Sunday, 30 November 2014

Last Day of Term in Pattern Making Class

Last Monday was the last pattern drafting class for nearly two months.

The class starred with the tutor demonstrating TR pattern making. TR stands for Transformational Reconstruction - I had to look that up as the tutor couldn't remember. The modern exponent of this method is Shingo Sato who works in Tokyo and Milan. However, the basis is removing darts by incorporating them into design lines and that is not a new technique. I follow a fabulous blog, well-suited,  from Studio Faro ( (updated link)  which does 'pattern puzzles',  taking a design and deconstructing,  to make a pattern.  One I particularly enjoyed - and even understood,  though it's beyond me actually trying to construct it as yet, was 'Pattern Puzzle - the Drape Shift Woven'.  Do have a look at the fabulous posts if you don't already know them.

The tutor demonstrated cutting apart the basic bodice and managing to get rid of the darts. Maybe I wasn't listening properly (I found I'd forgotten to take my portfolio containing my work in progress) but I didn't feel I'd grasped the essentials. My background means that I like to see things written down and like to know 'why'.

When I explained and showed to DH, he immediately grasped the concept and said the cuts would have to be through the tips of darts. The tutor hadn't said that but as I watched a couple of YouTube videos featuring Shingo Sato, this was pointed out.

(But see below)

In the class, we had the chance to try it for ourselves or continue with our top design. My usual partner S chose to try and I was able to see how she got on. She was having major problems. She wasn't cutting through the tips of darts and wasn't getting her fabric to lie flat. The tutor made some cuts to aid the process but this didn't seem to be working as the amounts were too great to ease, so equivalent amounts to the new separation amount (which would be filled in with fabric) were being added or subtracted elsewhere but this clearly changed the shape of some features eg the armhole,  where the lower almost horizontal curve was shortened by quite a bit and that amount added to the top of the almost vertical section. If I did this to a trouser crotch it would be unwearable! The tutor did say she was 'cheating'. Maybe she should also have said 'don't do this at home'? I don't think that S really has a pattern to work with and we have a 7 week break now. Obviously, I could be wrong about this. Overall, though, I was left with an unsatisfied feeling as if the topic hadn't been properly addressed. Sometimes I feel that it is better not to tackle something if it will not be done well perhaps because it is rushed due to lack of time. Maybe that was the case here.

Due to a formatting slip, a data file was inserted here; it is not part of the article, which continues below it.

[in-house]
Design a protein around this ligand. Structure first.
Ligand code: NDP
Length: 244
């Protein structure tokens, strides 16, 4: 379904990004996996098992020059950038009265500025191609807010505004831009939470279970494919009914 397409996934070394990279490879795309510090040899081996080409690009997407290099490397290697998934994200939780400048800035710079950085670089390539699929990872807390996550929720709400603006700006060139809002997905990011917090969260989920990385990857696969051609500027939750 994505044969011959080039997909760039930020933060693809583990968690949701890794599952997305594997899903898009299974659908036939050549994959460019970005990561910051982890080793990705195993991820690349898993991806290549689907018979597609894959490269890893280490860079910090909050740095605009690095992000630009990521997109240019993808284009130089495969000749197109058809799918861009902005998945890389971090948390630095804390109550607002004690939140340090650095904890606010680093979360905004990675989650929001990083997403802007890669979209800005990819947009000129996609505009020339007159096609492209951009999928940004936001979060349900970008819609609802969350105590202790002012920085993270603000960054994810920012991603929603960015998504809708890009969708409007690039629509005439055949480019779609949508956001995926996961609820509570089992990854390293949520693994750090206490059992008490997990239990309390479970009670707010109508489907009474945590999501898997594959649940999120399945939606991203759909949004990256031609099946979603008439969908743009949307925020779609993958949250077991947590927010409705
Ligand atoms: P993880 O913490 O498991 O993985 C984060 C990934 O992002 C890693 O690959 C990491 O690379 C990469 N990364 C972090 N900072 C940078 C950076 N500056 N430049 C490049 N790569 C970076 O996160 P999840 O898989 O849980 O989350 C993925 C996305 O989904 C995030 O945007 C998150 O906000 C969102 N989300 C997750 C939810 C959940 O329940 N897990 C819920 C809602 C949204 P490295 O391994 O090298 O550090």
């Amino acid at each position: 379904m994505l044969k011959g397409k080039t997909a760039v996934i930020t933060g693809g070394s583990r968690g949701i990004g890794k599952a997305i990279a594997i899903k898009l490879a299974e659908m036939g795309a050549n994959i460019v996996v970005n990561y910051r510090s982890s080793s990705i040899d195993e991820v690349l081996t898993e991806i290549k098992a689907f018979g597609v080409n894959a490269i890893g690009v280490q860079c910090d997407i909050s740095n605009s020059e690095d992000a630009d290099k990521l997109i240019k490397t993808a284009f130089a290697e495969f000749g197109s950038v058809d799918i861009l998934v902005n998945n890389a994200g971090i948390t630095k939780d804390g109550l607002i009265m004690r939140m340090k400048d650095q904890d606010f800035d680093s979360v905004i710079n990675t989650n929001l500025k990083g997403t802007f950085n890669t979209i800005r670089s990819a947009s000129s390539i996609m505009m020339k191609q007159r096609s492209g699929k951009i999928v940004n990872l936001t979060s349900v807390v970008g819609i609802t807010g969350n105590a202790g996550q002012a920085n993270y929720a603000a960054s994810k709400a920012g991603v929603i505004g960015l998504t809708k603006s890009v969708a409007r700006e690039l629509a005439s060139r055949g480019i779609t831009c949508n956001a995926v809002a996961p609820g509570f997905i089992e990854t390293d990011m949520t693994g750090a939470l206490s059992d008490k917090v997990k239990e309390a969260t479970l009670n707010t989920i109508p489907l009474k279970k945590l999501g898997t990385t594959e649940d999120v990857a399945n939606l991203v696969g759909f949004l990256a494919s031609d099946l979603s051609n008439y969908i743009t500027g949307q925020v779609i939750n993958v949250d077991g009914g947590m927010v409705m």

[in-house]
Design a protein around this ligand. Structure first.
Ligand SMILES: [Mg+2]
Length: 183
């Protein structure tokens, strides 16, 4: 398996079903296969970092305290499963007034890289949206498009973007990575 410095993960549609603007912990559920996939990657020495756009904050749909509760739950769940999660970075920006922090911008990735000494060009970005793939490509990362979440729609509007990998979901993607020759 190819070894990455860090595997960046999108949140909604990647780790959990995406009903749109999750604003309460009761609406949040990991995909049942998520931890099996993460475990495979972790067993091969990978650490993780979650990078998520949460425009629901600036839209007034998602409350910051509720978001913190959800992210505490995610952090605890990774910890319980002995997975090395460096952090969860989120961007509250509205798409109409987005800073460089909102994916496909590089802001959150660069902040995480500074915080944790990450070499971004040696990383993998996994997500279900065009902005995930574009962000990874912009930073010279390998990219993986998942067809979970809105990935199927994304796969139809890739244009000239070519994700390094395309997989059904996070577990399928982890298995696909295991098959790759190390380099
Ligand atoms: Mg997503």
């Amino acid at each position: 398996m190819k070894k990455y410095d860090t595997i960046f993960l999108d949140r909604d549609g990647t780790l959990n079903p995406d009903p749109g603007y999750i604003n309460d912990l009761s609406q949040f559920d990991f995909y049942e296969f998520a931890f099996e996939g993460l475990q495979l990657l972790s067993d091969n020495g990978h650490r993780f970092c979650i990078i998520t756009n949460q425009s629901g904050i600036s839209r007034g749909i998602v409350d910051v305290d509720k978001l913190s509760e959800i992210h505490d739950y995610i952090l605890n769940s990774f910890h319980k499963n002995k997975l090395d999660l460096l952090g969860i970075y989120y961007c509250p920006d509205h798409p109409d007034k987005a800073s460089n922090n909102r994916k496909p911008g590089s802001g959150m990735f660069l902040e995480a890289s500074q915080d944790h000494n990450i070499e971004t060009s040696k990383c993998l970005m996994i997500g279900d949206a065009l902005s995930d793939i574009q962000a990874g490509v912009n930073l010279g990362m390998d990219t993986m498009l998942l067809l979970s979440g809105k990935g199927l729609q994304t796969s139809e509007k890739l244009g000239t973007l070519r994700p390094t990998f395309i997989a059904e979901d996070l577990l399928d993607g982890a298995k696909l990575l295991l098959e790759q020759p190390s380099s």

I had somehow forgotten to take my folder which had my blocks and the work I had been doing on my bodice block in it. I was struggling with what to do with the neckline, to get a smooth and neat finish. The tutor suggested I use the standard size 12 blocks and draw out my shape to work on and she would help me work out the next steps.

So I traced the whole bodice front, changed the darts into a princess seam, and separated into front and sides. I made an additional front. I then chose a point and cut off the round neckline at an angle on one of the centre pieces and reversed the other piece and did the same.

I then drew my pleats onto the outer piece of the centre/front

The tutor suggested she thought facings had been used on my inspirational design - I'm not so sure. I want to buy the piece to check this.  Unfortunately, I haven't been successful so far but plan another trip to a different branch of the shop. However,  I do know how to draw facing pieces. The trouble is,  where the front crosses over,  there will be two layers each of fabric and fabric with interfacing. I'm concerned about bulk there.

I feel that I have worked out how to draw the pattern as far as the major pieces are concerned, which was the object of the class,  really.  Construction is not looked at. We don't work on the sleeve block until next term, which is combined with skirt block and design modification.

I bought another book following a mention on Studio Faro, in connection with gap darts. This one looks very good. It is really a textbook. 'Patternmaking for Fashion Design' by Helen Joseph-Armstrong.

There are style examples given,  then one is deconstructed completely and the reader/student taken through the process to make the pattern; however,  others are given as exercises for the student. I haven't been able to do the puzzle of one top in particular I like the look of. I'm hoping the accompanying CD might give me some answers! In the book,  which is the new large international edition, the author describes 3 flat pattern techniques - dart manipulation, adding fullness and contouring - I look forward to exploring it. Obviously,  this is on flat pattern and not on the form/body. She also describes stylelines as falling into 2 classifications - those that cross over the bust and those that do not. Those that cross over the bust replace dart legs with style seams and are dart equivalents as they absorb dart excess within stitchlines. Stylelines which don't cross bust are not dart equivalents. I have a lot of reading and practising to do! I'm looking forward to the challenge.

On the whole,  I think the pattern drafting class has been worthwhile as a basic introduction to the subject. After the full year,  however, there is no continuation to a more advanced level.  I'll have to use my books. Nevertheless, I'm looking forward to next term - and hope the dreadful road works that have been doubling my journey time will be finished.